Pelham Parkway locals will finally have a library to call their own – sort of.
The president of the New York Public Library, citing “unprecedented” neighborhood support, says he is now willing to acknowledge what for locals has been clear for decades –that the Van Nest Library is in fact in Pelham Parkway.
Pending letters of support from local politicians and community groups, the Van Nest Library will soon be officially renamed the “Pelham Parkway-Van Nest Library.”
Misnamed for years
The new name will reflect the branch’s location one block from the leafy Pelham Parkway strip, where locals have pushed to forge their own neighborhood identity.
“I believe this name will better reflect the communities who share this location,” Library President Anthony Marx wrote in a May 19 letter to local elected officials.
Neighborhood activists in Pelham Parkway have long charged that the Van Nest Library was not, in fact, in Van Nest at all. The branch moved north from prime Van Nest turf on Rhinelander Avenue to its current Barnes Avenue in 1967.
Mixing up ‘Pelhams’
Community Board 11, which covers both Pelham Parkway and Van Nest, had been clamoring for the renaming for years to no avail.
Even the Van Nest Neighborhood Alliance, a coalition of Van Nest locals, had signed off on the change.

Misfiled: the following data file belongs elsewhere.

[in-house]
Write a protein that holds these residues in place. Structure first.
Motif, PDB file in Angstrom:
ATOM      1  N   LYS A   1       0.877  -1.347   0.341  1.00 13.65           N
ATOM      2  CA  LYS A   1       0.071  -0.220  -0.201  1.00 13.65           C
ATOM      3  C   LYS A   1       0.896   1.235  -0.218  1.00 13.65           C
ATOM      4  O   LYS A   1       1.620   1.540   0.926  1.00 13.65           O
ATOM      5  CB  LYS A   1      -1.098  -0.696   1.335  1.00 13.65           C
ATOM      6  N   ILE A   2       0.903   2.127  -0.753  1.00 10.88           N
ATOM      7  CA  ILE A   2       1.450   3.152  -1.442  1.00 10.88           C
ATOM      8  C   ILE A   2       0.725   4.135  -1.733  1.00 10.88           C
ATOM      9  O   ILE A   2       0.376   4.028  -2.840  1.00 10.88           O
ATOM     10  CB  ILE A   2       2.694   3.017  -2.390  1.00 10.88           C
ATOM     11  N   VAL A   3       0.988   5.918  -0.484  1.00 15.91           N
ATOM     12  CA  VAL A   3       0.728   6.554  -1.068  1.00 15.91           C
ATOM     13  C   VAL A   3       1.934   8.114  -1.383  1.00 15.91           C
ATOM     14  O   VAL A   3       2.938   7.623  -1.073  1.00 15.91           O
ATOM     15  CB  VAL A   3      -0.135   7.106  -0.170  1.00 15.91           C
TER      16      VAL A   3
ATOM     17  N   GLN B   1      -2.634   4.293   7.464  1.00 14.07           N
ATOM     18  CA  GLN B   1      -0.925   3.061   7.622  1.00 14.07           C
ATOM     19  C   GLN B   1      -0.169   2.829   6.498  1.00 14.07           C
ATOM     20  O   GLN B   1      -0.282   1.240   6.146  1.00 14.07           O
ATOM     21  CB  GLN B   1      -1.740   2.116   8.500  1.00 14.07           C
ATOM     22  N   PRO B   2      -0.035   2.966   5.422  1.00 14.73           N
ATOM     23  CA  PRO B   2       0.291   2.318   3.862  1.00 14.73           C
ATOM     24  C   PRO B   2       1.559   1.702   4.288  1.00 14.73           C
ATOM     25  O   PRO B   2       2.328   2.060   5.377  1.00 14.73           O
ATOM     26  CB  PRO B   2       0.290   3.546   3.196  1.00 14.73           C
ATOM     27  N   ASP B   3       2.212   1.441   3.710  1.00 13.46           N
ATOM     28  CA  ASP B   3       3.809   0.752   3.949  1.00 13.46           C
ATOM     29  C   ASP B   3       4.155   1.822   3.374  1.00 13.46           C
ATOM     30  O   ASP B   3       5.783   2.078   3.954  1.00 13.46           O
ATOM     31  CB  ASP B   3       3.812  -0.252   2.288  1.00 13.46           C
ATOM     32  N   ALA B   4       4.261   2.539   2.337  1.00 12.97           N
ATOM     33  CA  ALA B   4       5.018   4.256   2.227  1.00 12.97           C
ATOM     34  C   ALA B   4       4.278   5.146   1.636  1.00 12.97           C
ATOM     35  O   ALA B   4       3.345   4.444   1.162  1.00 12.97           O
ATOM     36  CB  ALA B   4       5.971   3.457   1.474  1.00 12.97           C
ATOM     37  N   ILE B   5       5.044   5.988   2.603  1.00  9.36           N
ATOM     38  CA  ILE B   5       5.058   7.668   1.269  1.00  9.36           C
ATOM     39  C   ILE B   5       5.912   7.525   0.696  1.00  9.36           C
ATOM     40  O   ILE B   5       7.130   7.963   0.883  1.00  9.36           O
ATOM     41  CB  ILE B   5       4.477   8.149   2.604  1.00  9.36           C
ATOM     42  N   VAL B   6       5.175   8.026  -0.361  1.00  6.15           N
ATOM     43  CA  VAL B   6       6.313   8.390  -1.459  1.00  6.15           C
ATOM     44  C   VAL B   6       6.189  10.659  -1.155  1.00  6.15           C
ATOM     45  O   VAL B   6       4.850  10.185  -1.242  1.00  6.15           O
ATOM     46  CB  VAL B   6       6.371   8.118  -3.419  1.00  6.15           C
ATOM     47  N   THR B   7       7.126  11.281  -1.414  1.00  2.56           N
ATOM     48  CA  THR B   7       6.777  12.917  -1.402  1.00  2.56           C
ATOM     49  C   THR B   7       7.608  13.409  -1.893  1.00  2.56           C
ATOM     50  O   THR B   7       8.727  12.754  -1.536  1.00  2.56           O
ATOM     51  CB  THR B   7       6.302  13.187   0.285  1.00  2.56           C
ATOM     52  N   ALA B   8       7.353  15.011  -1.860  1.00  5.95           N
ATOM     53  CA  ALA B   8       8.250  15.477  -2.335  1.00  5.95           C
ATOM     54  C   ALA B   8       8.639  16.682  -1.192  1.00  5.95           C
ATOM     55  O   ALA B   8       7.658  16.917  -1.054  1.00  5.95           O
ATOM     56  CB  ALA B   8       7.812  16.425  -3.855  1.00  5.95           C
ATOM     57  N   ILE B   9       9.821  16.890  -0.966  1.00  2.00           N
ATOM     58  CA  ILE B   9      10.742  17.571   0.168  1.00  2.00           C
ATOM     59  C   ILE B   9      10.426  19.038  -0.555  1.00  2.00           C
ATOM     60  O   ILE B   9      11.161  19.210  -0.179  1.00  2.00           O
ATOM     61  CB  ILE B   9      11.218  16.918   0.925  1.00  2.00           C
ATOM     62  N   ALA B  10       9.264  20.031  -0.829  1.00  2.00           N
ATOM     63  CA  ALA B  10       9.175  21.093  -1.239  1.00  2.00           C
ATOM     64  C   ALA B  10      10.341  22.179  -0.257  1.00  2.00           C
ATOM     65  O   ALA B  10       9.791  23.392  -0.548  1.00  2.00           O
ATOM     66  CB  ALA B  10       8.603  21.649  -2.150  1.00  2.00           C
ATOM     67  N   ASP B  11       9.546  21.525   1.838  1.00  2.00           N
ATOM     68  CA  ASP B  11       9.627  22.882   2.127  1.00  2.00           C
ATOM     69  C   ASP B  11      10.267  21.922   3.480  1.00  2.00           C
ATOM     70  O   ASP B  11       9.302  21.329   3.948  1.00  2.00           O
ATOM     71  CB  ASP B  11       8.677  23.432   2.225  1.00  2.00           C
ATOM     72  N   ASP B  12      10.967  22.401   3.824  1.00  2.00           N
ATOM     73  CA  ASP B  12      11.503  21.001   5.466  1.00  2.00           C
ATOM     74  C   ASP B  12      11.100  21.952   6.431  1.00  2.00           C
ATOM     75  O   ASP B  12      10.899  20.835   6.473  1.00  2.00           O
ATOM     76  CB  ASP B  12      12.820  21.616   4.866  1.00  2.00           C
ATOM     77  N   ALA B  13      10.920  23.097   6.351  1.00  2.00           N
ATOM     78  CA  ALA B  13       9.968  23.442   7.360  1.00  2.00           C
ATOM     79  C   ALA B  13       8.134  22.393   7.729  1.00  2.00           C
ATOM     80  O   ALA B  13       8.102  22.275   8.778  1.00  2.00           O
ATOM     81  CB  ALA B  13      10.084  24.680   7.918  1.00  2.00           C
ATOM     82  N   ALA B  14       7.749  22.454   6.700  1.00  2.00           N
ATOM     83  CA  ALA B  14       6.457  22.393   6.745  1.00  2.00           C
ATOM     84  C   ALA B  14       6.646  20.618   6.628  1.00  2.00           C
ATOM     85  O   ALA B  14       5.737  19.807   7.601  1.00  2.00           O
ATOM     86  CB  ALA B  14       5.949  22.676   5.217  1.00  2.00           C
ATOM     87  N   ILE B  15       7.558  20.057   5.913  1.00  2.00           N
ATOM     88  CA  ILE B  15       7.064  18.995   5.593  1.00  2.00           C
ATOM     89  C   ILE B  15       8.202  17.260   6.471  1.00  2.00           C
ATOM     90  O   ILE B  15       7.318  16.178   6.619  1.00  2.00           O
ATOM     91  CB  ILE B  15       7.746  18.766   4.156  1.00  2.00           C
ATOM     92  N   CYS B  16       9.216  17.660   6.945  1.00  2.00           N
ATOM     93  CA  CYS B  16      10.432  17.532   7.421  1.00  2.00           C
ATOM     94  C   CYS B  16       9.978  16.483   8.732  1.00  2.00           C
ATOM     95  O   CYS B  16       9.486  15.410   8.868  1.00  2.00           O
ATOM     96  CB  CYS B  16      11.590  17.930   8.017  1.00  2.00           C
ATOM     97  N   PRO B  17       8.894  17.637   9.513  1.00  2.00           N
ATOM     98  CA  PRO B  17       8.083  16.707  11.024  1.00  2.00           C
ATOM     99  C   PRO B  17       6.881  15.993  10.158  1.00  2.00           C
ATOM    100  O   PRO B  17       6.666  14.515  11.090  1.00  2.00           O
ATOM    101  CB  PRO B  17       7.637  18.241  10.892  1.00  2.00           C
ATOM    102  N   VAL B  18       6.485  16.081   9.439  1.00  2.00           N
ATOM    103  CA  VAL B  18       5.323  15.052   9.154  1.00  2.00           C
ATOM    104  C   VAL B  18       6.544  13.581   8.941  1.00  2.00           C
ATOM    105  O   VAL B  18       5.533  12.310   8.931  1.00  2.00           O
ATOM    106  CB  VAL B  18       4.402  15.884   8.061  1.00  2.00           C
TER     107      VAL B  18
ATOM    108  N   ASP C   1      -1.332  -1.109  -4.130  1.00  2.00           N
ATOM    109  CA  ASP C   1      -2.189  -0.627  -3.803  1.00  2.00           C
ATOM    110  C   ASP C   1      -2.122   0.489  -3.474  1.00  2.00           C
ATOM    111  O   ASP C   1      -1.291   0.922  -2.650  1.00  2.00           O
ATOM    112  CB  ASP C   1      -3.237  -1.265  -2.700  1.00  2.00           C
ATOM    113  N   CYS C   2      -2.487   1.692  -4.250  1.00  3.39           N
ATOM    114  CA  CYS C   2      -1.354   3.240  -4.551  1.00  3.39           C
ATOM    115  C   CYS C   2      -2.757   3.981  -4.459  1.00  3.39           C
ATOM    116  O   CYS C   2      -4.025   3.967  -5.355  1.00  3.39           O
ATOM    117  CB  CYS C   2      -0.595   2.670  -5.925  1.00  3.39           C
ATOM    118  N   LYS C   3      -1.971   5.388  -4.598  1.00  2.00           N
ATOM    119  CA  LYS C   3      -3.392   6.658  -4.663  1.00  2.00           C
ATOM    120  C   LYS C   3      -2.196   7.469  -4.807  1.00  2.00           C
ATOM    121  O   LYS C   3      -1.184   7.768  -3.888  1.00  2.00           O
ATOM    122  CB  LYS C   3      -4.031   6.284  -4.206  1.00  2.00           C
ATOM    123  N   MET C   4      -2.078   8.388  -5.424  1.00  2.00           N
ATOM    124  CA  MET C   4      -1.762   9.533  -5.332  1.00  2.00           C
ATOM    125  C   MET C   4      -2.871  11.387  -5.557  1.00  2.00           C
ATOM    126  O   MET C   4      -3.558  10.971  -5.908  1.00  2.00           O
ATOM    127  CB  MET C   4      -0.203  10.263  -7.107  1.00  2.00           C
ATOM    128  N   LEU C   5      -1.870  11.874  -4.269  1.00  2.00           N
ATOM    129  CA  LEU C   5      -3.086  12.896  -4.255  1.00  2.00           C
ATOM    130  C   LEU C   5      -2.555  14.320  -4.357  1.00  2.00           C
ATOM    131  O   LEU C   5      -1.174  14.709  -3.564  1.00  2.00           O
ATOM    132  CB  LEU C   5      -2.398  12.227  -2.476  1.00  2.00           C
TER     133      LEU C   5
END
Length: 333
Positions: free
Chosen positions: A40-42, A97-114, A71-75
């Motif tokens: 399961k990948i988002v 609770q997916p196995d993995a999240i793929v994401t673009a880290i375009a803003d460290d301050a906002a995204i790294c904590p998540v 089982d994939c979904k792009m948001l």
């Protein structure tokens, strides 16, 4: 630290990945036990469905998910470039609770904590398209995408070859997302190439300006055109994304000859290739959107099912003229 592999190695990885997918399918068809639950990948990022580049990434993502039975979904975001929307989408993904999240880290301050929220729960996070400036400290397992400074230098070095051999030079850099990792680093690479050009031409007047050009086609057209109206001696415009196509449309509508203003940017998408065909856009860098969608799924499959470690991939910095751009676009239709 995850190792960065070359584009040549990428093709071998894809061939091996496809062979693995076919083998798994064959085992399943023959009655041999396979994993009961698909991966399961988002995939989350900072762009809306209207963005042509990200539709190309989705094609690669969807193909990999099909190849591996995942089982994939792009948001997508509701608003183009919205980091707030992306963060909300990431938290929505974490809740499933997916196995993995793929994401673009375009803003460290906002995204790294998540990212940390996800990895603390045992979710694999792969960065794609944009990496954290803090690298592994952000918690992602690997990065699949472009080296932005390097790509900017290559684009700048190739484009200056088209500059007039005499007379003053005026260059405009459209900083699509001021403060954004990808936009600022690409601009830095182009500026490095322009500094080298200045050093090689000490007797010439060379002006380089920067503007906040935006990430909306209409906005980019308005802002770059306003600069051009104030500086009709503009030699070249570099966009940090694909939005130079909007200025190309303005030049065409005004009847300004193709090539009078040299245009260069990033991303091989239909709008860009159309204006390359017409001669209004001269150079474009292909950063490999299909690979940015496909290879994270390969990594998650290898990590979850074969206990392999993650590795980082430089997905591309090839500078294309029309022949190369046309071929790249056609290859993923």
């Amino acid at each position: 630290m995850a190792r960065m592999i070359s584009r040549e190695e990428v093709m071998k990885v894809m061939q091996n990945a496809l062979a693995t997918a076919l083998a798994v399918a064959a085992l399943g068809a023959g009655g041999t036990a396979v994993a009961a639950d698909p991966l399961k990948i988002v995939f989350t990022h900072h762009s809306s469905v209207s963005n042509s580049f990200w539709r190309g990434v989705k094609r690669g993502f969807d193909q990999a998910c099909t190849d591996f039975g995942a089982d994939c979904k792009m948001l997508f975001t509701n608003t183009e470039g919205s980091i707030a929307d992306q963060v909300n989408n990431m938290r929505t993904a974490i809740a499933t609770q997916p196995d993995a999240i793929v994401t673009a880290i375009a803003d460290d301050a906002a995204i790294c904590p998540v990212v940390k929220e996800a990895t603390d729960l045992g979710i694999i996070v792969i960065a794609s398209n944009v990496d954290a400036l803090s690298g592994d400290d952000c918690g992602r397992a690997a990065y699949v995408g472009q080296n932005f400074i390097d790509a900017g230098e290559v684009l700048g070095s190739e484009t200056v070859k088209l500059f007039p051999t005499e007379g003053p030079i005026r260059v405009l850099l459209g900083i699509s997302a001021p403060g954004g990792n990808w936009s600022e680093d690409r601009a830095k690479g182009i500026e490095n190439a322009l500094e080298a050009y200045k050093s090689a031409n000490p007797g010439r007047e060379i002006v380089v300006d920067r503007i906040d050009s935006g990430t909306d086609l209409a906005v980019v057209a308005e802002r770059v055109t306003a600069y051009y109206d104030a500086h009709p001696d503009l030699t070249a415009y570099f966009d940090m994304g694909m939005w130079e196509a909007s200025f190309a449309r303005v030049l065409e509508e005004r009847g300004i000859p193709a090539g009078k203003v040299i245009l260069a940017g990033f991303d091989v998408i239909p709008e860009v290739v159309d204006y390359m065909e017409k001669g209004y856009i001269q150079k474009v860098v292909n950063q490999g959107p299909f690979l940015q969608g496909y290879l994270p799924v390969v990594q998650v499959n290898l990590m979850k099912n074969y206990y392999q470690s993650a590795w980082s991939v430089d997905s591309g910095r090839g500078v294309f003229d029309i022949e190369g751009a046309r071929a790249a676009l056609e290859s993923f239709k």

“This is a no brainer, “said Jeremy Warneke, the board’s district manager. “They should have changed it when the library moved in the first place.”
But the city’s library brass had long refused to turn the page. The NYPL had argued that changing the name might cause patrons to confuse the Pelham Parkway library with the Pelham Bay Library, which opened in 1976 three miles east.
“We do remain concerned about possible confusion that may be caused by having two branches in close proximity with Pelham in their name,” wrote Marx in his May 19 letter, “and would be grateful for any suggestions to remedy that.”
Those suggestions likely won’t be coming.
“Anyone who knows the Bronx knows that Pelham Bay and Pelham Parkway are two distinct neighborhoods,” said Councilmember Jimmy Vacca, whose district covers both areas.
More letters needed
Vacca was one of a series of local elected officials –along with Rep. Joe Crowley and state Sen. Jeff Klein –who sent letters to the NYPL demanding the name change.
The NYPL now says it will begin the approval progress for the new name so long as it receives letters of support from local stakeholders, many of whom have already supported the renaming.
“It’s a formality,” said Vacca. “All they want is letters of support, and we are all already on record as wanting this.”
Not exactly perfect
Pelham Parkway’s neighborhood activists who originally called for the name change would have liked to see the library renamed the “Pelham Parkway Library”, with the “Van Nest” removed entirely.
But after years of fighting to put their nabe “on the map,” they’re still claiming victory.
“It’s not exactly what we wanted,” said Edith Blitzer, president of the Pelham Parkway Neighborhood Association, “But half a loaf is better than nothing.”